Statistics: Humans as clouds

source: Aguiar (2006)

Statistical analysis of deforestation

slide23

Área de estudo – ALAP BR 319 e entorno (Aguiar, 2006b)

ALAP BR 319

Estradas pavimentadas em 2010

Estradas não pavimentadas

Rios principais

Portos

slide24

BASELINE SCENARIO – Hot spots of change (1997 a 2020)

% mudança 1997 a 2020:

0.0 – 0.1

0.1 – 0.2

0.2 – 0.3

0.3 – 0.4

0.4 – 0.5

0.5 – 0.6

0.6 – 0.7

0.7 – 0.8

0.8 – 0.9

0.9 – 1.0

ALAP BR 319

Estradas pavimentadas em 2010

Estradas não pavimentadas

source: Aguiar (2006b)

Rios principais

slide25

GOVERNANCE SCENARIO – Differences from baseline scenario (Aguiar, 2006b)

Differences:

Protection areas

ALAP BR 319

Estradas pavimentadas em 2010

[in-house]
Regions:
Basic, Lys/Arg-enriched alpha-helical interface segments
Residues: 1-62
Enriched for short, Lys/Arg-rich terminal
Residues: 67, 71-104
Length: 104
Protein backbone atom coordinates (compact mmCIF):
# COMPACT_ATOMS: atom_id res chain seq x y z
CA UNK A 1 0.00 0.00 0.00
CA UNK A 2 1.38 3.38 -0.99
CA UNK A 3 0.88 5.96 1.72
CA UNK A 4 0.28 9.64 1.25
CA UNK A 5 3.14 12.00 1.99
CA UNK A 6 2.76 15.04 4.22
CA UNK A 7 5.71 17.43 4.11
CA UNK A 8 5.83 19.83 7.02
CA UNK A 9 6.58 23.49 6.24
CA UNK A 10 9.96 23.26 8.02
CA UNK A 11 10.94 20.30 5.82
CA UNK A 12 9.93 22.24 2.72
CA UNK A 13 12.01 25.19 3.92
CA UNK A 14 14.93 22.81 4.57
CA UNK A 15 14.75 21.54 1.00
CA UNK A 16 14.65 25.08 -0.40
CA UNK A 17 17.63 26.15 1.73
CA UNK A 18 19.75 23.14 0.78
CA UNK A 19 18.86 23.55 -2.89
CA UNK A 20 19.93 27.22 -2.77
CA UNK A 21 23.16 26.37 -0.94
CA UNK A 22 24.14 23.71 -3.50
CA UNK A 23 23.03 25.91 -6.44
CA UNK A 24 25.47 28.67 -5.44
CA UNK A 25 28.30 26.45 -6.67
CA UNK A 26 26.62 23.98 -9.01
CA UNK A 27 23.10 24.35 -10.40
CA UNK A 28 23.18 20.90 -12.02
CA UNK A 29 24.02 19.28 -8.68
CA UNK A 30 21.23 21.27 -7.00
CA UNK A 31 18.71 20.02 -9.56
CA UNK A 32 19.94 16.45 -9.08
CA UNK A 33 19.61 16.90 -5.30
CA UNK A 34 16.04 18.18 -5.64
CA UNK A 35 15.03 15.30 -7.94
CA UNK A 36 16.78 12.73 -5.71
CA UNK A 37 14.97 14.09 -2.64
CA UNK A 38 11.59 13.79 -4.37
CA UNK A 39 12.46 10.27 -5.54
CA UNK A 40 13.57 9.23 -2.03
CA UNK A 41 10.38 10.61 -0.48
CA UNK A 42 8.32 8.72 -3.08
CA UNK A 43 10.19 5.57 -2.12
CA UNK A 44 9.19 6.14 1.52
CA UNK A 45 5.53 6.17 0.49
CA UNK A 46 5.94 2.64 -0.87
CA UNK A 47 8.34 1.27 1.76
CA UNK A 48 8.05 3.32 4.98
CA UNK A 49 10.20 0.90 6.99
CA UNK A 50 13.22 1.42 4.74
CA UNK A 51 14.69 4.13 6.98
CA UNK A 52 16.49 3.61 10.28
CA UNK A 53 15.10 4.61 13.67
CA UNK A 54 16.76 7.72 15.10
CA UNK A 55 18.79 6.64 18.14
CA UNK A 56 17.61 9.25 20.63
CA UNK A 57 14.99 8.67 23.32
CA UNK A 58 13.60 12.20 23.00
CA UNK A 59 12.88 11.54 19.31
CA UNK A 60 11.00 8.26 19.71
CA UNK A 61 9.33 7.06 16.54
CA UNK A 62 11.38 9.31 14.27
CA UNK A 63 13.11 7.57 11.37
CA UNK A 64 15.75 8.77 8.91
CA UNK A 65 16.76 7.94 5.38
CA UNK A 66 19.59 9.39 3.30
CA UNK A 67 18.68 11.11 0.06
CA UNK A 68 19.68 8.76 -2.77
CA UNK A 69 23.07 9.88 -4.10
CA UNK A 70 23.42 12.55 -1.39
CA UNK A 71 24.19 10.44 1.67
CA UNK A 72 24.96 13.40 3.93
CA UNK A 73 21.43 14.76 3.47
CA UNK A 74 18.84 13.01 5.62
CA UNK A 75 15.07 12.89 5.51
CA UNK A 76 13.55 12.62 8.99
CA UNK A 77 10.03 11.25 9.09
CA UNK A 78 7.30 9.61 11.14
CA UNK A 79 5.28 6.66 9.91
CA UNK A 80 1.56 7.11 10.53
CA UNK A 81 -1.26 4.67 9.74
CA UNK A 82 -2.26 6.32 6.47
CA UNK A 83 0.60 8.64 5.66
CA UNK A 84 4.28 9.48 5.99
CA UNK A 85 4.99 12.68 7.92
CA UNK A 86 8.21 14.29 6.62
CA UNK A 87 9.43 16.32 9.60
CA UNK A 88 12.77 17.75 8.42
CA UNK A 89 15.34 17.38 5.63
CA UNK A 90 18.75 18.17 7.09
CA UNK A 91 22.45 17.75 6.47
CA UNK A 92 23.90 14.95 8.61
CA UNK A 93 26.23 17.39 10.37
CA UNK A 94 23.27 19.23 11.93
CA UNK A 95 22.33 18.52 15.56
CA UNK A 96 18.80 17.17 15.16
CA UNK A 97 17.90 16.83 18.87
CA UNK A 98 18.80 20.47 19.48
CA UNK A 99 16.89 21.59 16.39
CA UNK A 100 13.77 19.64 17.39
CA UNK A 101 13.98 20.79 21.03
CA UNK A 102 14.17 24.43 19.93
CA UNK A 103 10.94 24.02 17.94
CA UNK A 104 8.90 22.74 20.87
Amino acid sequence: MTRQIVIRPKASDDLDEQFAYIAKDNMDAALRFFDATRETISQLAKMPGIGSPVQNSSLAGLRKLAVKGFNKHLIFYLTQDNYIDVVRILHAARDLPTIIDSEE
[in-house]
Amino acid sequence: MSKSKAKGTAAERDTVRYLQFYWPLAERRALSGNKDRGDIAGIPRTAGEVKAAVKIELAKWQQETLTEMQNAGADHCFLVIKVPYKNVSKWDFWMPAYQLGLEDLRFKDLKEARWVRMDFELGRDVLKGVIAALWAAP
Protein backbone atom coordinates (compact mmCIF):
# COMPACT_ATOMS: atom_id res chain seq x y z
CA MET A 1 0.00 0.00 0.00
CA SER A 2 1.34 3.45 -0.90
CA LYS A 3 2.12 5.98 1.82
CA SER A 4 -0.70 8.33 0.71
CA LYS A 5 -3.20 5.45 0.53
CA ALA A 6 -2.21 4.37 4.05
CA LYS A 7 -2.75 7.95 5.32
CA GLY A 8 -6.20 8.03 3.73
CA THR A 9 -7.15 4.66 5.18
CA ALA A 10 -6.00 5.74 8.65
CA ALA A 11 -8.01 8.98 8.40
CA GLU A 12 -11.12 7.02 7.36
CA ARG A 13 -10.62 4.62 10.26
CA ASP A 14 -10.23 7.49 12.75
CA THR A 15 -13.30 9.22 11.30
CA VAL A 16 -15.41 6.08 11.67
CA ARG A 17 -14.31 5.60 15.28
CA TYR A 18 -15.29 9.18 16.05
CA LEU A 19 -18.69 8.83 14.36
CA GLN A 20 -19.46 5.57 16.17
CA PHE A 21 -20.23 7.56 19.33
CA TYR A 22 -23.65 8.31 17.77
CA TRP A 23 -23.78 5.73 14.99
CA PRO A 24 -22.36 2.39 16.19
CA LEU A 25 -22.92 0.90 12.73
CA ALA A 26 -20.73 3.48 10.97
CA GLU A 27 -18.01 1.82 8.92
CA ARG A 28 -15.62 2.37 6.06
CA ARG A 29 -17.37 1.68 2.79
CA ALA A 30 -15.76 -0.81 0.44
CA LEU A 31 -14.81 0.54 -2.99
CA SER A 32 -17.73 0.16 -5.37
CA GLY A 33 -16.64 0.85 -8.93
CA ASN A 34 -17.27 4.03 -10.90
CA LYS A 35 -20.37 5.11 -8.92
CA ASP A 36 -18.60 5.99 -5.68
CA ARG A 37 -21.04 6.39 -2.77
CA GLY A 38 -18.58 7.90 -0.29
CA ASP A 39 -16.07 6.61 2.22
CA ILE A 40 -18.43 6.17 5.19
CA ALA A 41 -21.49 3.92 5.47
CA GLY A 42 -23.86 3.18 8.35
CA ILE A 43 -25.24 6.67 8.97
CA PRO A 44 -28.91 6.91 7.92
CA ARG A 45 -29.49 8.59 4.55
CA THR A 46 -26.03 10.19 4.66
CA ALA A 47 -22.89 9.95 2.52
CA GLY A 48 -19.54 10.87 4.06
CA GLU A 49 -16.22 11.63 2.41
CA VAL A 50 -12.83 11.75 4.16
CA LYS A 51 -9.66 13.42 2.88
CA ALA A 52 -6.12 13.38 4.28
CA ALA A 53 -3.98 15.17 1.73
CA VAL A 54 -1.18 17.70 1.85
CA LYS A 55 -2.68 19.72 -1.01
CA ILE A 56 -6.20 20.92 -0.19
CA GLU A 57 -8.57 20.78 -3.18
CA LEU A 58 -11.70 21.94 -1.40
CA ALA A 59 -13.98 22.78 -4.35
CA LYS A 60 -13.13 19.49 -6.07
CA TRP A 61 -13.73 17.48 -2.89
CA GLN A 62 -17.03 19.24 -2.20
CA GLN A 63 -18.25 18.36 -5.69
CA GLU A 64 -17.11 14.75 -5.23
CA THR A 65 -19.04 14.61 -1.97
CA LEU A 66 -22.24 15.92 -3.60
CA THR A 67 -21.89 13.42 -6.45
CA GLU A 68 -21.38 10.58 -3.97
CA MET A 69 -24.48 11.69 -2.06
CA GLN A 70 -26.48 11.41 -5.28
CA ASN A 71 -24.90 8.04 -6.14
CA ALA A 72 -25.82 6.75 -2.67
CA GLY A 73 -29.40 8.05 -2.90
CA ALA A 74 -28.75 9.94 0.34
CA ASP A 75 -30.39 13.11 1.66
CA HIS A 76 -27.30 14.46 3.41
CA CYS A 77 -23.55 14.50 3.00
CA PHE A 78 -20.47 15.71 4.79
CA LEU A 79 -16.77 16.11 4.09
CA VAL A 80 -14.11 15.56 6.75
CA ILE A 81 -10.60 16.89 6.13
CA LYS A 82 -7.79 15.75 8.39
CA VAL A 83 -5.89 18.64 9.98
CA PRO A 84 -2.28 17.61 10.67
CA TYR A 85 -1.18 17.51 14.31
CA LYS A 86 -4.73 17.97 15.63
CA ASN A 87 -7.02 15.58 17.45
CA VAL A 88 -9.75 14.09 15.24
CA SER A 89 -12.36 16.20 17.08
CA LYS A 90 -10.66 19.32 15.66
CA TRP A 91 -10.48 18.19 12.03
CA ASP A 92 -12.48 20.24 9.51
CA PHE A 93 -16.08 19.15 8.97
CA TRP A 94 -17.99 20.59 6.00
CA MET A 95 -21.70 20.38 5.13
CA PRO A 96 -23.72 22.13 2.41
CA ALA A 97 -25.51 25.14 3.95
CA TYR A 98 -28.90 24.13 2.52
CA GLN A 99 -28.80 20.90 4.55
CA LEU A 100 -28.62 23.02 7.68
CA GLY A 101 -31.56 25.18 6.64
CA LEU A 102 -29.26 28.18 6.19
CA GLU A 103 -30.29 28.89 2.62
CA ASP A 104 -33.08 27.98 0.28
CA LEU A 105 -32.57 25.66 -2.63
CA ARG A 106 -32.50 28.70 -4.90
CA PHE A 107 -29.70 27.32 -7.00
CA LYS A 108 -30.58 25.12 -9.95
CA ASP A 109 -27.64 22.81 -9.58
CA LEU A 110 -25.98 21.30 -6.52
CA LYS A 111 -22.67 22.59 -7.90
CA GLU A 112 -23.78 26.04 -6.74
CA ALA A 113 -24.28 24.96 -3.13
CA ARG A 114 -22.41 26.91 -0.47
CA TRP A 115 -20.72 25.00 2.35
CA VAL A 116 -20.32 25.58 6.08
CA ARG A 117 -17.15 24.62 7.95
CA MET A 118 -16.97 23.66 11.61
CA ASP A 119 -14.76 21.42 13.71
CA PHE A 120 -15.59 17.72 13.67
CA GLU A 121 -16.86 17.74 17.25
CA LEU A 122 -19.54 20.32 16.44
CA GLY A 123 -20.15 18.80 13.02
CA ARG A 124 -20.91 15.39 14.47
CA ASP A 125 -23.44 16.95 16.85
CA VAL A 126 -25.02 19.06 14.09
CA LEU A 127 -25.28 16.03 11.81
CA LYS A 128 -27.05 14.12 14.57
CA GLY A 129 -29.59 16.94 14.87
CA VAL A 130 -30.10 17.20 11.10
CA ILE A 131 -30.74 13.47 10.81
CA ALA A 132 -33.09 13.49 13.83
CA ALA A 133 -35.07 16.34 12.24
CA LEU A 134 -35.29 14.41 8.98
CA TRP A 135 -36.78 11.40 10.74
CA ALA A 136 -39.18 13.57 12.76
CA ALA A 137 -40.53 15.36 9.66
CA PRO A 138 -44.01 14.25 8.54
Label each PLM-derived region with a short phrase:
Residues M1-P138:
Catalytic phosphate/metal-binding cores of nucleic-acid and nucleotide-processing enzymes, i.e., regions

Less:

0.0

-0.50

Sustainable areas

Estradas não pavimentadas

More:

0.0

0.10

Rios principais

the trouble with statistics
The trouble with statistics
  • Extrapolation of current measured trends
  • How do we know if tommorow will be like today?
  • How do we incorporate feedbacks?
complex adaptative systems
Complex adaptative systems
  • How come that a city with many inhabitants functions and exhibits patterns of regularity?
  • How come that an ecosystem with all its diverse species functions and exhibits patterns of regularity?
  • How can we explain how similar exploration patterns appear on the Amazon rain forest?
results of human society such as economies
Results of human society such as economies

Source: John Finnigan (CSIRO)

agents and ca humans as ants

Farms

Settlements

10 to 20 anos

Recent Settlements

(less than 4 years)

Old Settlements

(more than 20 years)